Theories of the Universe: Planck's Constant
In Cracks in a Newtonian World, we briefly covered the ultraviolet catastrophe. If you don't remember exactly what that was, now would be a good time to go back and review it. Max Planck was the man who came up with the solution to it and gave birth to quantum mechanics. Let's look at what he discovered.
A black body is a hypothetical object that absorbs all electromagnetic radiation that falls on it. Such an object, if heated, would be a perfect radiator, producing black body radiation. Such a hot black body would be no longer black, because it would be radiating visible light. The best example of a black body in a laboratory is a container with a small hole in it into which radiation shines and is trapped. When the container is heated, radiation bounces around inside of it and eventually escapes from the hole as black body radiation.
The ultraviolet catastrophe deals with something called black body radiation. The important point about this type of radiation is that its properties depend only on temperature. If we plot a curve on a graph representing the spectrum of the radiation, it looks like a smooth hill, with a peak at a frequency (color) that depends on its temperature. The hotter the radiation, the higher the frequency at which the peak occurs. This relates directly to the earlier explanation in Cracks in a Newtonian World where the color of an object that was heated slowly changed color from red to white.
Until Max Planck developed the first quantum theory of radiation, the shape of the black body curve was a mystery, since it could not be explained by the classical physics of Maxwell's equation of electromagnetism. The problem was that if electromagnetic waves are treated mathematically in the same way as strings on a violin, and if waves can be any size, classical theory predicts that when energy (heat) is put into any object and radiated as electromagnetic waves, the amount of energy radiated at each frequency is proportional to the frequency. In other words, the higher the frequency, the more radiation there should be. A black body should emit huge amounts of energy in the highest frequency (shortest wavelength) part of the spectrum, in the ultraviolet and beyond, which of course it doesn't.
Planck's constant is the ratio of a particle's energy to its frequency. Mathematically this is written h = E ÷ f, where h is the symbol for the constant. So, if a particle's frequency increases, its energy must also increase. If its frequency decreases, its energy will decrease as well. But Planck's constant always stays the same and is always equal to one quantum. Another way of putting it is that it relates energy's particle nature to its wave nature. It's represented by the number 0.000 000 000 000 000 000 000 000 006 626, or about a billionth of a billionth of a billionth of 1. But it is not 0. If it were, we wouldn't be able to sit in front of a fire. It's time to be grateful for the little things.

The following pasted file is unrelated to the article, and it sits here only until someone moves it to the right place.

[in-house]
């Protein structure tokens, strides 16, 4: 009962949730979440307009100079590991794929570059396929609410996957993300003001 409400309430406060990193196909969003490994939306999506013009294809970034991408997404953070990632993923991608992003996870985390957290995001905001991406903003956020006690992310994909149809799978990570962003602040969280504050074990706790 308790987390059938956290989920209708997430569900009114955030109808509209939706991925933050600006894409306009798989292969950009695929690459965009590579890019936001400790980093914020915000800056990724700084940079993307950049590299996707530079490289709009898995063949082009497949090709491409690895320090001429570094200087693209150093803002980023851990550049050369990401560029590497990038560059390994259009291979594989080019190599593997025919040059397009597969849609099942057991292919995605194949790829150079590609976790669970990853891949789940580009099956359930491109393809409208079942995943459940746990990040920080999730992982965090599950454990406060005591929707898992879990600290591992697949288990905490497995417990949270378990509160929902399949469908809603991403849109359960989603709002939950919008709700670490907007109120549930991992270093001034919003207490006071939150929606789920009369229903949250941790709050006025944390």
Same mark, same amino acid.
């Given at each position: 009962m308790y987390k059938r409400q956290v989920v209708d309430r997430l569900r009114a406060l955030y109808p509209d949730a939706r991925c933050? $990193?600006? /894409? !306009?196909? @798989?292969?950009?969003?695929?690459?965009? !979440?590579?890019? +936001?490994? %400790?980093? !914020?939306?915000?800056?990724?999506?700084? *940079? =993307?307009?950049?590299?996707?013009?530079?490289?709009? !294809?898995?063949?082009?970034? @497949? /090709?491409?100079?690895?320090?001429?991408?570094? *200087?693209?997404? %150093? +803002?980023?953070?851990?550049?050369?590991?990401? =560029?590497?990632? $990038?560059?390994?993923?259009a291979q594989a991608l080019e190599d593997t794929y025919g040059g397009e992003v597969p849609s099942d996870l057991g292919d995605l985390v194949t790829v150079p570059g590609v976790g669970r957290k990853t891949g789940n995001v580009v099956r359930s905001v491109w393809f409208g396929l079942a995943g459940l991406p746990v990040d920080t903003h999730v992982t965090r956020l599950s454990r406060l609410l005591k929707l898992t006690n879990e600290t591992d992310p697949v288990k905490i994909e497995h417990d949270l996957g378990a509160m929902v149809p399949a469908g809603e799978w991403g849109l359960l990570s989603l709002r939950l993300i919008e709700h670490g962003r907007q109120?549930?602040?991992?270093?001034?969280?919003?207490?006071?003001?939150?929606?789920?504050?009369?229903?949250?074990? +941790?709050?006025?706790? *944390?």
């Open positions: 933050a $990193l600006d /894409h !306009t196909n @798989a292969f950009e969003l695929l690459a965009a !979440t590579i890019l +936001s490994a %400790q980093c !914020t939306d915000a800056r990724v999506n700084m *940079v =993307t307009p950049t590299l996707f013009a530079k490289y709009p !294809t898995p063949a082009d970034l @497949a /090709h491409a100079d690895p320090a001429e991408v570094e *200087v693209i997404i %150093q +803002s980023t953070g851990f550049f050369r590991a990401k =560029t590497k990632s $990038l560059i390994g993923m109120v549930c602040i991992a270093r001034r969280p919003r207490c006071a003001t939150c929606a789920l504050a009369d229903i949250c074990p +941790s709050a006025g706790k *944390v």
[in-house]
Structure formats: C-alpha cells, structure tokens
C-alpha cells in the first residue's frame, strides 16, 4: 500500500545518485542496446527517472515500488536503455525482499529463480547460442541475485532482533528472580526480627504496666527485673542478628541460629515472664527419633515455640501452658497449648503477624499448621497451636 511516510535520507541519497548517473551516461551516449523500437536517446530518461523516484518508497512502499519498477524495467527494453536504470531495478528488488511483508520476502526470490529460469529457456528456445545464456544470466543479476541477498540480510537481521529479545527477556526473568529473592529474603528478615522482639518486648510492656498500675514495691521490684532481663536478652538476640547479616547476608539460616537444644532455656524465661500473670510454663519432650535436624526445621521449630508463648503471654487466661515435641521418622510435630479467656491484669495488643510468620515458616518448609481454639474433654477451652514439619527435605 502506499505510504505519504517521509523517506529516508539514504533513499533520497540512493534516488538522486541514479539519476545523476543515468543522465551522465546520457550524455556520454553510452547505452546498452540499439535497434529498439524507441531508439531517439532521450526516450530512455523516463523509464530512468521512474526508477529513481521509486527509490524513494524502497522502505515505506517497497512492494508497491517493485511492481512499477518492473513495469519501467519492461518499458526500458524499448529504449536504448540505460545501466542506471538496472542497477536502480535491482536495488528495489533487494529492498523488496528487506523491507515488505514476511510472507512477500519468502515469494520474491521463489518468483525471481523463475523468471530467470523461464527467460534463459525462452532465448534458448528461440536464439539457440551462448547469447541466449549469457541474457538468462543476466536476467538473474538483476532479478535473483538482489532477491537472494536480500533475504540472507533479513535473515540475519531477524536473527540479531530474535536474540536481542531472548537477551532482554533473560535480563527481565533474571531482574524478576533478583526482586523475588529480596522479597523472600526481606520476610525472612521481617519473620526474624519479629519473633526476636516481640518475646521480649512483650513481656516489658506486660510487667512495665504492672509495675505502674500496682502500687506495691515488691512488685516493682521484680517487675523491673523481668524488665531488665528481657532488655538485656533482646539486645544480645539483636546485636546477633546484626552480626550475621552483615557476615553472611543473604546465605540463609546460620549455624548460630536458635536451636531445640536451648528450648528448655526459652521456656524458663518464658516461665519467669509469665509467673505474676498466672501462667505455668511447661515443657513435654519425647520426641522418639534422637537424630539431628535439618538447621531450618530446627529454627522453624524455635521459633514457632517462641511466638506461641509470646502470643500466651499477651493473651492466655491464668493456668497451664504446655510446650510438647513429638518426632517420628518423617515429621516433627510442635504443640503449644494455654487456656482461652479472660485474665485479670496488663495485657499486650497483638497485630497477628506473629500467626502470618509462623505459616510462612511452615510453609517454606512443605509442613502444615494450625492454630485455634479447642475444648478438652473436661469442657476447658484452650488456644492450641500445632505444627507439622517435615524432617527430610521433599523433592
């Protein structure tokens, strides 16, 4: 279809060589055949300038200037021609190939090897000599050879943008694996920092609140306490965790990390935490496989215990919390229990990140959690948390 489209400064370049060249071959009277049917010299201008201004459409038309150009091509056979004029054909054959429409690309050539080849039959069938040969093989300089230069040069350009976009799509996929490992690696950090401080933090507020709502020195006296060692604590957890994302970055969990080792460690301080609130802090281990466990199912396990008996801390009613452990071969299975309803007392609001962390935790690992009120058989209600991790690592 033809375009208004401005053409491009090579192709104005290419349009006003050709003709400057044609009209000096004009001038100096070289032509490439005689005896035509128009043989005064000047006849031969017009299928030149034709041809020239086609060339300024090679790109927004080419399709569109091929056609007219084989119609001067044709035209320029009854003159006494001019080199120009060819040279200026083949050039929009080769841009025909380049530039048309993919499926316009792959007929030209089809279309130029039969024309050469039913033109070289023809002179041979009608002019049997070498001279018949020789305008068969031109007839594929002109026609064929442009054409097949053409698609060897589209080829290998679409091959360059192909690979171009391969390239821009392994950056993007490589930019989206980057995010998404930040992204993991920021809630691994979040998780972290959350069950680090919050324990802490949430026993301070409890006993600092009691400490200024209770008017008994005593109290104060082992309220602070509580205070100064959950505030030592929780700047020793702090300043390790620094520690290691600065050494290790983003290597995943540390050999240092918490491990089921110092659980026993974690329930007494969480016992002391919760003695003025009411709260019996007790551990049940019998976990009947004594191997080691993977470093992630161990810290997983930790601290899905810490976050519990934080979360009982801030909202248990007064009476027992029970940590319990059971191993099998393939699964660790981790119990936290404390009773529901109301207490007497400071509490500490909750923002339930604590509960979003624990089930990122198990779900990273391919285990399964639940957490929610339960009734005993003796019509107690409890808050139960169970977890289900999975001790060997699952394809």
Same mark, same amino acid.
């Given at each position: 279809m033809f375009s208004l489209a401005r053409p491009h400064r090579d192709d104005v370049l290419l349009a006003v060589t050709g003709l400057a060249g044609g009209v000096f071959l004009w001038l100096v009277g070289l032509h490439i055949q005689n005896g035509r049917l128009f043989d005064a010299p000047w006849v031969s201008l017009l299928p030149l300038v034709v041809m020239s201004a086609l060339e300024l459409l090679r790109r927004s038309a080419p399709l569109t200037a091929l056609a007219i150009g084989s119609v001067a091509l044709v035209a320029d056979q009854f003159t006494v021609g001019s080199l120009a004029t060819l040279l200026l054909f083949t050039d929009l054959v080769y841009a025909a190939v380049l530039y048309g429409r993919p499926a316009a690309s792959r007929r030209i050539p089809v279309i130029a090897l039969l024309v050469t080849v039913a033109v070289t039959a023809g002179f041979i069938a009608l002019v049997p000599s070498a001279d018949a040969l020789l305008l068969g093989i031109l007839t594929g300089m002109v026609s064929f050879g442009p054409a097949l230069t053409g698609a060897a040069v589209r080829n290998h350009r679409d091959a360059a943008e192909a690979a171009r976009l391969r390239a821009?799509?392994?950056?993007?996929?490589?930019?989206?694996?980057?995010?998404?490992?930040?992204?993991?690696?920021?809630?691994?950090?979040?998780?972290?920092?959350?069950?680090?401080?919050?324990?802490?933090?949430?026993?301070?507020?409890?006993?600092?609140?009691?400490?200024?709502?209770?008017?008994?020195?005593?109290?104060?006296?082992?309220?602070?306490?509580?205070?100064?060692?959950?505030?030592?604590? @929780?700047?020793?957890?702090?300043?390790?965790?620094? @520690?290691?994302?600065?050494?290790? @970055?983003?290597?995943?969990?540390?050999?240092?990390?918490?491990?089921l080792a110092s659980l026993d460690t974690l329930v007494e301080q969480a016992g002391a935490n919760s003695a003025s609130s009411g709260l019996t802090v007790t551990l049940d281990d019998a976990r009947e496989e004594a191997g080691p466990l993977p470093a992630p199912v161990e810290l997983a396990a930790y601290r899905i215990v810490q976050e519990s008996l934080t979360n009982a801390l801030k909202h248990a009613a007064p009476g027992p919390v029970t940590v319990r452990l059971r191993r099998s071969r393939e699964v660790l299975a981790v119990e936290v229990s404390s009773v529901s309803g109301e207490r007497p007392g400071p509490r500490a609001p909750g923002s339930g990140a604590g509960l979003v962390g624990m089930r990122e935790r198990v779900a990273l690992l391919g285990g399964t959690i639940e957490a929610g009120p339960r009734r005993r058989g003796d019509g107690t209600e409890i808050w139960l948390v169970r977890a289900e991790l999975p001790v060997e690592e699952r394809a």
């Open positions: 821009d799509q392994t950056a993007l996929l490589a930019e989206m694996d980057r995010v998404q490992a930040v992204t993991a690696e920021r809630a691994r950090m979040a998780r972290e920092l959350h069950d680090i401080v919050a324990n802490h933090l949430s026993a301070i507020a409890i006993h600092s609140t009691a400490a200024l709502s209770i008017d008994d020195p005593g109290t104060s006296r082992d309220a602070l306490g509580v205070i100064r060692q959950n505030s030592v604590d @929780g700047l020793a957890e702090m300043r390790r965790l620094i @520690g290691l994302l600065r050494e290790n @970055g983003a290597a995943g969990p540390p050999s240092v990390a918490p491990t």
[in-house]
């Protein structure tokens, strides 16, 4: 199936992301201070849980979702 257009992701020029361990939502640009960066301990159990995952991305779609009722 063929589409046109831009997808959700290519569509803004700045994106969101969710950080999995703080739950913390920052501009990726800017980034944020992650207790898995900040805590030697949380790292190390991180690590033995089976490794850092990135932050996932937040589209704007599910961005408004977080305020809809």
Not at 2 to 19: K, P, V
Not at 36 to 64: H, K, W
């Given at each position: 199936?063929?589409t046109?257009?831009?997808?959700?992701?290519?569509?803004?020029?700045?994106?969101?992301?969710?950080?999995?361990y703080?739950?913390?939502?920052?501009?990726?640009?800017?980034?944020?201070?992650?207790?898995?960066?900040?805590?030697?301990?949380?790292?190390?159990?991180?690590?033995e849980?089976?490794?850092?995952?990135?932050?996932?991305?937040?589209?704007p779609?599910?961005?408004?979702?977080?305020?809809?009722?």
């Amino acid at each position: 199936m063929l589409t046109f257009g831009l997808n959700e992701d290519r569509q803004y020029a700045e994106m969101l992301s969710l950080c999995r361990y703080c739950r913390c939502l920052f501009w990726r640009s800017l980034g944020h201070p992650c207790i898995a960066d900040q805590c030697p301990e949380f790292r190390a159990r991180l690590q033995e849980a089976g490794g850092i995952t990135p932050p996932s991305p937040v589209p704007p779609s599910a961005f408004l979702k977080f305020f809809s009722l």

Planck found a way to avoid this problem. He cut up the radiation, mathematically, into chunks, or quanta. At a particular frequency f, each quantum of radiation has an energy E, given by the equation E = hf, where h is a constant in nature, now known as Planck's constant. Let's see how this works.
In any object, the energy is distributed among the atoms according to the temperature of the object. A few atoms have low energy, a few have high energy, and a lot have the middle amount of energy. This large amount of middle energy atoms increases as the temperature increases. Each atom can emit electromagnetic radiation. For very high frequencies (large values of f), the energy needed to emit one quantum of energy (e) is very large, and only a few atoms in the black body will have that much energy available, so only a few high-frequency quanta are radiated. At very low frequencies, it is easy for atoms to emit low-energy quanta, but they have so little energy that even added together they do not amount to much. In between the two extremes, however, there are many atoms that have enough energy to emit moderate-sized quanta of radiation. These add up to produce the peak in the black body curve. And the peak shifts to higher frequencies for hotter bodies, because in hotter bodies there are more individual atoms with greater amounts of energy. And that's it!
Excerpted from The Complete Idiot's Guide to Theories of the Universe © 2001 by Gary F. Moring. All rights reserved including the right of reproduction in whole or in part in any form. Used by arrangement with Alpha Books, a member of Penguin Group (USA) Inc.
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